Not Likely as you will probably be turned down for financial aid as well.

Absolutely not. If its a federal felony no state can give them back. If its a Montana felony they will have to ask the court and there is a good chance their request will be turned down.

obviously you can that's on your permenent record as a felony but you have a good chance of removing it depending on the case and how many years its been. hope its been helpful..

For Adults:A felony conviction will remain on your criminal record for the rest of your life unless your conviction is over turned or exhonerated by the court or you successfully petition the court and show good cause for an expungement of the felony (very rare).. Juviniles that are convicted of a felony have their records sealed at age 18 unless they were tried as an adult in which case the felony charge remains on their adult record..

Wow... you're going to have to get off your a** and take them cash/check.

To get gas turned back on, any outstanding bill will need to be paid in full. The gas company may make payment arrangements and turn the gas back on.

Often they do the reference checks after offering you the job. The offer is contingent on your referrals being satisfactory. If you were upfront about the felony on your application, then you should expect that the job will come through. It goes without saying that having a felony record makes life difficult ever after.

Because that's the way your state legislature drafted the statute. Just because the offense turned out to be charged as a misdemeanor offense does not mean that the way it was designed to be carried out wasn't a felony, or that a misdemeanor offense could not have escalated into a felony.

I would say no, as long as your are not turning it back on after they have turned it off due to non-payment.

The bank/ loan co. will usually work out a payment plan with you or they willseek a judgment against you and try to garnish your wages(if you are working).The key to dealing with them is to get everthing in writing and to document they're dealings with you i.e. phone log,record their phone conversations with youetc.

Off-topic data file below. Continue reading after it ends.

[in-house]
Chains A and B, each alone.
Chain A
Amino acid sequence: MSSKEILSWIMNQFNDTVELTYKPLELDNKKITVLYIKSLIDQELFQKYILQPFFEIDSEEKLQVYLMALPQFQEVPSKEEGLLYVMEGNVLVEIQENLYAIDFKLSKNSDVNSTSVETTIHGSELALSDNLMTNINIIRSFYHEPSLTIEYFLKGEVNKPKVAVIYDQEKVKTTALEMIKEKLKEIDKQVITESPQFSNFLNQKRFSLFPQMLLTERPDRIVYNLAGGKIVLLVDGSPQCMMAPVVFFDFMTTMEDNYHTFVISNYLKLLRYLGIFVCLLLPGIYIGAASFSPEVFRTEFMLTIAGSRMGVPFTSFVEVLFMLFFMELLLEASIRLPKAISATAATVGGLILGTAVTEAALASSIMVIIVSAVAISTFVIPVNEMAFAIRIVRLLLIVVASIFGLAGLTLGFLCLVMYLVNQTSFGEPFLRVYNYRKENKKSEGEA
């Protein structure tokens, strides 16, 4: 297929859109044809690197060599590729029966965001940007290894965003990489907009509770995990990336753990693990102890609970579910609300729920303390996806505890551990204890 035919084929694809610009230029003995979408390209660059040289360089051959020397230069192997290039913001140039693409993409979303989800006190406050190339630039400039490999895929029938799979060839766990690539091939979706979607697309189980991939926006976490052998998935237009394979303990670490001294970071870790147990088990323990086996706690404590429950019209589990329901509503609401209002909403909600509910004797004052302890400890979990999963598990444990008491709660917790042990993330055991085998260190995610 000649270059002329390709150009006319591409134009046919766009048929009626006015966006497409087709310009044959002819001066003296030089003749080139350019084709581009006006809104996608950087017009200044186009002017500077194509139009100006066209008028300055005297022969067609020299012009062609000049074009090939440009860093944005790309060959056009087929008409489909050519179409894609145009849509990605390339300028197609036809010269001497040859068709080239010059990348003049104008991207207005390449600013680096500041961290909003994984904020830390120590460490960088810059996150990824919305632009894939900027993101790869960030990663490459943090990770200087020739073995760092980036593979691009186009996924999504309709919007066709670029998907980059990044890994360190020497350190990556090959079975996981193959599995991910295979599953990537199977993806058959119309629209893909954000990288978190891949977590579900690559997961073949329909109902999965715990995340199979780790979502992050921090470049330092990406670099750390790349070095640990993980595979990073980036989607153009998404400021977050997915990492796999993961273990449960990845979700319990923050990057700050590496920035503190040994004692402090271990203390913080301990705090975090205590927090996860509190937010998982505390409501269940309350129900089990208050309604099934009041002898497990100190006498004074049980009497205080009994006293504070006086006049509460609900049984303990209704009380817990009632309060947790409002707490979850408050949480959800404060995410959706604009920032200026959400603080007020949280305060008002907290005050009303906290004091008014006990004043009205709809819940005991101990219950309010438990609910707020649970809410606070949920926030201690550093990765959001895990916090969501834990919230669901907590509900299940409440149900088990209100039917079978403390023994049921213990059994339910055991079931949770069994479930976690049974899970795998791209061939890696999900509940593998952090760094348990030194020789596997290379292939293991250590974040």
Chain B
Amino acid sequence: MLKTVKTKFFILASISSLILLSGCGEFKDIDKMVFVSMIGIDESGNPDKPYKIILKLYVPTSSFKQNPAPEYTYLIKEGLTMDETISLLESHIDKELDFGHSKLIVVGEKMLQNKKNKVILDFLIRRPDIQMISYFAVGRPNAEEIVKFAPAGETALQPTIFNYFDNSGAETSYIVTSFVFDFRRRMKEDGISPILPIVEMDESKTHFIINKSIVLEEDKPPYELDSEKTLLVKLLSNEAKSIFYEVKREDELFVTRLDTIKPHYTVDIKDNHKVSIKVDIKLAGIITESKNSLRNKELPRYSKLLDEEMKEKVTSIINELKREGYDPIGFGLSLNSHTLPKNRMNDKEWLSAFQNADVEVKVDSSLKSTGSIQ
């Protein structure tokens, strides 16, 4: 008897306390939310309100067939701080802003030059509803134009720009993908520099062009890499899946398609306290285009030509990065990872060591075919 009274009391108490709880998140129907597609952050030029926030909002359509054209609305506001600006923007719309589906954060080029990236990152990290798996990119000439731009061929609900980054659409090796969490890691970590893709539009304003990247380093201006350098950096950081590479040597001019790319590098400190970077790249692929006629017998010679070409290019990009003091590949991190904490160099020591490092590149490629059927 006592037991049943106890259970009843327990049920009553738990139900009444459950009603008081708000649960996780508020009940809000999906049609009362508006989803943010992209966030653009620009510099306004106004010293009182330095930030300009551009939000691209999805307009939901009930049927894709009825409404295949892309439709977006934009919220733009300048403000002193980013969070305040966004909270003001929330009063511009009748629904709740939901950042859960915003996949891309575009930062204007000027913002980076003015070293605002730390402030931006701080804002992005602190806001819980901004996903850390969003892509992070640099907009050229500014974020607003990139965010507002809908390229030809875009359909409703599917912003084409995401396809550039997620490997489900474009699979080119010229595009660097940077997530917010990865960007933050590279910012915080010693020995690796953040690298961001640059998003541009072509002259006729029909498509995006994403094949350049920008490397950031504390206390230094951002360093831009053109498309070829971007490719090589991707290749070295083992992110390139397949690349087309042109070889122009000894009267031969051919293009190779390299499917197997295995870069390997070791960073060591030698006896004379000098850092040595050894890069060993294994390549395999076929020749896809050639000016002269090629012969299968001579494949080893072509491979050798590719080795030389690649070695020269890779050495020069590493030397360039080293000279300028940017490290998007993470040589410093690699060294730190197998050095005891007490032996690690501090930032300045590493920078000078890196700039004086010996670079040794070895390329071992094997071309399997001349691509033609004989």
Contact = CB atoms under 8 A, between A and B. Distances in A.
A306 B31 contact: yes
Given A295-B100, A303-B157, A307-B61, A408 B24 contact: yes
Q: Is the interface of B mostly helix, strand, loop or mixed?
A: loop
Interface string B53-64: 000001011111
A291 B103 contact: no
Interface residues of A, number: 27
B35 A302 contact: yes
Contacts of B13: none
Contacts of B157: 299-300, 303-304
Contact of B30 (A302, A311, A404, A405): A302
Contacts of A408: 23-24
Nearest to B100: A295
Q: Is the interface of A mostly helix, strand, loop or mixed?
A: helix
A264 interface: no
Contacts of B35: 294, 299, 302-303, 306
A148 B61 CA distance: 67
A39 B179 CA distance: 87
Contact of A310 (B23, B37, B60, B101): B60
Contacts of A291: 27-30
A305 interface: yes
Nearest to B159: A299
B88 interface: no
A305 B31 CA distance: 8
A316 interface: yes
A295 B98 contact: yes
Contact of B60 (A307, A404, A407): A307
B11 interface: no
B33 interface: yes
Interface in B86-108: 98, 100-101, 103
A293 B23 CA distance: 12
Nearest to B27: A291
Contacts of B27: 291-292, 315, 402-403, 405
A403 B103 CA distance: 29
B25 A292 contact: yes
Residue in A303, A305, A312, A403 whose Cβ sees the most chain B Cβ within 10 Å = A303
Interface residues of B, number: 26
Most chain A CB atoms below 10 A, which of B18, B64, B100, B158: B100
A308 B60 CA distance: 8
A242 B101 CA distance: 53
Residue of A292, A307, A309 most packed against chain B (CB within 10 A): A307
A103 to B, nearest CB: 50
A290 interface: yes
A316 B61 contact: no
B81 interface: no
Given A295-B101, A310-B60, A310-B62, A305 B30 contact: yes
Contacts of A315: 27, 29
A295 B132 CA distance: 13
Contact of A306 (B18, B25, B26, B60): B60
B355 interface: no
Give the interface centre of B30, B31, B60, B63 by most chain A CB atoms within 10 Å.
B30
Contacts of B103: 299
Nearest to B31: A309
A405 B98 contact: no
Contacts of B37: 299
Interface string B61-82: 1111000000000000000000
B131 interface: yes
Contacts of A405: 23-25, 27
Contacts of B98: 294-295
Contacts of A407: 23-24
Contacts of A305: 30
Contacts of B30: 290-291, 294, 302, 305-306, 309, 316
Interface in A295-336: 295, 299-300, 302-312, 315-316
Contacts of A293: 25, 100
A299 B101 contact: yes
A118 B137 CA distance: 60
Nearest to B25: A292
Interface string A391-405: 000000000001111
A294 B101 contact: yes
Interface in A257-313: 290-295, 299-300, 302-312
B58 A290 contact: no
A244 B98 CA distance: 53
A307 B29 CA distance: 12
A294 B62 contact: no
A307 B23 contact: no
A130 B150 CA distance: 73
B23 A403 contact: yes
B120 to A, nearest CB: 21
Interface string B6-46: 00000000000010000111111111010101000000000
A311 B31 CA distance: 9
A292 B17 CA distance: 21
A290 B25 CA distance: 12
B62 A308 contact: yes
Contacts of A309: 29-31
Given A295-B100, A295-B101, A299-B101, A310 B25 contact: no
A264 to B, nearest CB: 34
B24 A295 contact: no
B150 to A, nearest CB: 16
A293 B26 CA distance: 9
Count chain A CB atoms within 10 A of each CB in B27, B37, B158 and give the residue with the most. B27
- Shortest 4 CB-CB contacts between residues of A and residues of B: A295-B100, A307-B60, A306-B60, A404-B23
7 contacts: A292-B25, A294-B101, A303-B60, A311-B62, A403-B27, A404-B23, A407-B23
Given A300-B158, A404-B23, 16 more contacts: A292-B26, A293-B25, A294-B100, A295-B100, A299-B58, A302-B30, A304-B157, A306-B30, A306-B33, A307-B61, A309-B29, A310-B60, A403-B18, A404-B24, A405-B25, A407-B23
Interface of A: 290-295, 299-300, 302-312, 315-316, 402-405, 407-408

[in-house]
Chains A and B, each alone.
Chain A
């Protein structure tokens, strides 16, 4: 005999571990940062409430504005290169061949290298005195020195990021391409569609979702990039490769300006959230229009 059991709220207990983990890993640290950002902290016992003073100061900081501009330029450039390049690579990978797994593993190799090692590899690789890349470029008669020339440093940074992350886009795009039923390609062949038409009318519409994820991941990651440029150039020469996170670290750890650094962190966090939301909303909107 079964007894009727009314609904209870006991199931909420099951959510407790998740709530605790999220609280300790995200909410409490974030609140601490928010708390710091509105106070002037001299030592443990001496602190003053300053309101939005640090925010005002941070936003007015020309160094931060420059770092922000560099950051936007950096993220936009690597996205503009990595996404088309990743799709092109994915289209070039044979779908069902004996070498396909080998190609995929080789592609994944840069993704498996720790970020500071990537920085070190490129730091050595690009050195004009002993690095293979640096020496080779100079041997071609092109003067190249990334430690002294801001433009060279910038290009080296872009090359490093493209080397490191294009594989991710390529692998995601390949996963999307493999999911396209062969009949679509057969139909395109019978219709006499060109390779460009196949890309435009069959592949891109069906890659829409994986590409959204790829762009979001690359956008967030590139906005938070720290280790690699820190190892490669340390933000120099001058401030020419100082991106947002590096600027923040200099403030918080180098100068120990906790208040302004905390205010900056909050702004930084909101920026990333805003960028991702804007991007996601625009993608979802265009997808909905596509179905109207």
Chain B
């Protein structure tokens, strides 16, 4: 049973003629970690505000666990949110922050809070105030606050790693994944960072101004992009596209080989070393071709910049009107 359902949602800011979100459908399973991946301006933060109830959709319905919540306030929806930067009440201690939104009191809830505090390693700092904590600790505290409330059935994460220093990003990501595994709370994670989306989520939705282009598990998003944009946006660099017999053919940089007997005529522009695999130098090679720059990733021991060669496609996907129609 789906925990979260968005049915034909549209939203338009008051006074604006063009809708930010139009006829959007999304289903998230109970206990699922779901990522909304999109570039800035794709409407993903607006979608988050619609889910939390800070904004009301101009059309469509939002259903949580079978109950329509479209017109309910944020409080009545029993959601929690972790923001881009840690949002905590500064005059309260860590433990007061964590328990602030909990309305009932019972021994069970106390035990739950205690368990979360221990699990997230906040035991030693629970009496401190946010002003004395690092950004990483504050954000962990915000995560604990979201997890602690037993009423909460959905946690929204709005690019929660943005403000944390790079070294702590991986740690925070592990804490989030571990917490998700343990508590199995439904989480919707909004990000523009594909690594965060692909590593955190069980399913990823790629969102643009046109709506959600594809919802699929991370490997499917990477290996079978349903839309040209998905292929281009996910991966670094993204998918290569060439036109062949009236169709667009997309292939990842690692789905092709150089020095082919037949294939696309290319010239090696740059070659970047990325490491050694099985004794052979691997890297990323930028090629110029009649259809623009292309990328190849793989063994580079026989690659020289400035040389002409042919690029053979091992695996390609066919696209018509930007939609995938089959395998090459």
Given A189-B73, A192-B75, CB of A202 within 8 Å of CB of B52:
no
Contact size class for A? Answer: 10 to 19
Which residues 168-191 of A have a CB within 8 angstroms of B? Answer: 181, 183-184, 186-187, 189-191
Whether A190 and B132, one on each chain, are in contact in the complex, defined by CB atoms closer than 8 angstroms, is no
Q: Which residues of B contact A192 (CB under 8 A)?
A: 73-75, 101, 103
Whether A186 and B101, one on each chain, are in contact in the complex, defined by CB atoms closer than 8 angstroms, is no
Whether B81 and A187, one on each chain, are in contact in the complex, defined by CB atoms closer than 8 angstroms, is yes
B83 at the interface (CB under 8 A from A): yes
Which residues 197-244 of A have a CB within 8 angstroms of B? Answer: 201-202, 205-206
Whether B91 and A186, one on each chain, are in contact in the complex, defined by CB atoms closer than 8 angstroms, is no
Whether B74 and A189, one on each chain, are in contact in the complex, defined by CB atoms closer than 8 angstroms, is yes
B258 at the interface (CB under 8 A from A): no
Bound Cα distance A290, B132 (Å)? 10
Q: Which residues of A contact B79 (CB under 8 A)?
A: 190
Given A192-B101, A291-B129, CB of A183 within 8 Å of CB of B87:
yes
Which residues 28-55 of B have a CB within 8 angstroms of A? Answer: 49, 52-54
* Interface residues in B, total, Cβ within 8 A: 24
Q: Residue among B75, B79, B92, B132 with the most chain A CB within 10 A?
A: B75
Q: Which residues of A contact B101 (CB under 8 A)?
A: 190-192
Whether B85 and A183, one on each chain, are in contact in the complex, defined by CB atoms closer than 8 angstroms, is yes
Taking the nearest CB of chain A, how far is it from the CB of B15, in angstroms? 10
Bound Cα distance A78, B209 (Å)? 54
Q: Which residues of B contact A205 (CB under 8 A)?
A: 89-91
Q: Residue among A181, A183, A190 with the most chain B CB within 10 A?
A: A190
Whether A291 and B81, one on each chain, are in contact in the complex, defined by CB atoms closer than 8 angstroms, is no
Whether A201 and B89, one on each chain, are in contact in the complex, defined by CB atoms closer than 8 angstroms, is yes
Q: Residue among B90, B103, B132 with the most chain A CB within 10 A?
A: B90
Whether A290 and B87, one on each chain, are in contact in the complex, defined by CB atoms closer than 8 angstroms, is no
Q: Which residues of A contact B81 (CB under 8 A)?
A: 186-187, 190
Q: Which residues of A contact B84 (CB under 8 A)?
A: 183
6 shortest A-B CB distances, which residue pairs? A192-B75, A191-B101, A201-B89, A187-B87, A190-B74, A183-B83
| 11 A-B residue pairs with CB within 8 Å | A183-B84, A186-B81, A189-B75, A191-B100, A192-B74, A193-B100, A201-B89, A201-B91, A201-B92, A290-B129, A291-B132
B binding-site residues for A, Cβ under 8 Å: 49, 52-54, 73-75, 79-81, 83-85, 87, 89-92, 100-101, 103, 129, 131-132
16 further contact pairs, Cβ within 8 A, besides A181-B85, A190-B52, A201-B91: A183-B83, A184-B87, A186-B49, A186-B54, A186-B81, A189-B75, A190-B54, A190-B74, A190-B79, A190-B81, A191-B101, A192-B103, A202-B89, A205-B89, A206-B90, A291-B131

mine was charged, i left the junker at the car dealership and when i finally got sick of paying for a car i hadn't touched for months, they repossessed something they had possession of.

You can buy as soon as you can afford it. If you expect to get a loan to do so, you may have trouble finding a loan company to do it.

If the collection agency did not accept your payment, the debt should be discharged from their control. You might need to contact an attorney to make sure these debts are removed from your credit report. If you are making payments to the company that sent you to collections, they will need to remove you from the collections agency.

the Prince turned into a frog and was very ugly then they all decided to die by taking antropine in a desperate attempt to flee the elevator in which the devil was concealed within the body of an old wo-MAN .

If You Have Had Your Loan Turned Over To A Collection Agency Then Your Payment Will Have To Be Paid To The Agency. Until An Agreement Is Reached By Both Parties. Or The Loan Is Paid Off. If This Has Not Happened, Set Down And Read Your Loan Contract. Then If In Doubt, Take This To Your County Attorney.

It will most likely be turned over to a collection agency. Then it will be reported to the credit bureaus which will make it difficult for you to get loans in the future.

after 180 days of non payment your account will be charged off and turned over to collection agency

Written agreements in Kentucky are long. They have 15 years to bring a case. And if it is a felony, there is no statute of limitations.

If the lender wins a lawsuit and is awarded a judgment, the judgment can be executed as a lien against real property owned by the judgment debtor, including the primary residence. In most states other ways of executing a judgment are, wage garnishment, bank account levy and the seizure and liquidation of non-exempt real or personal property belonging to the debtor.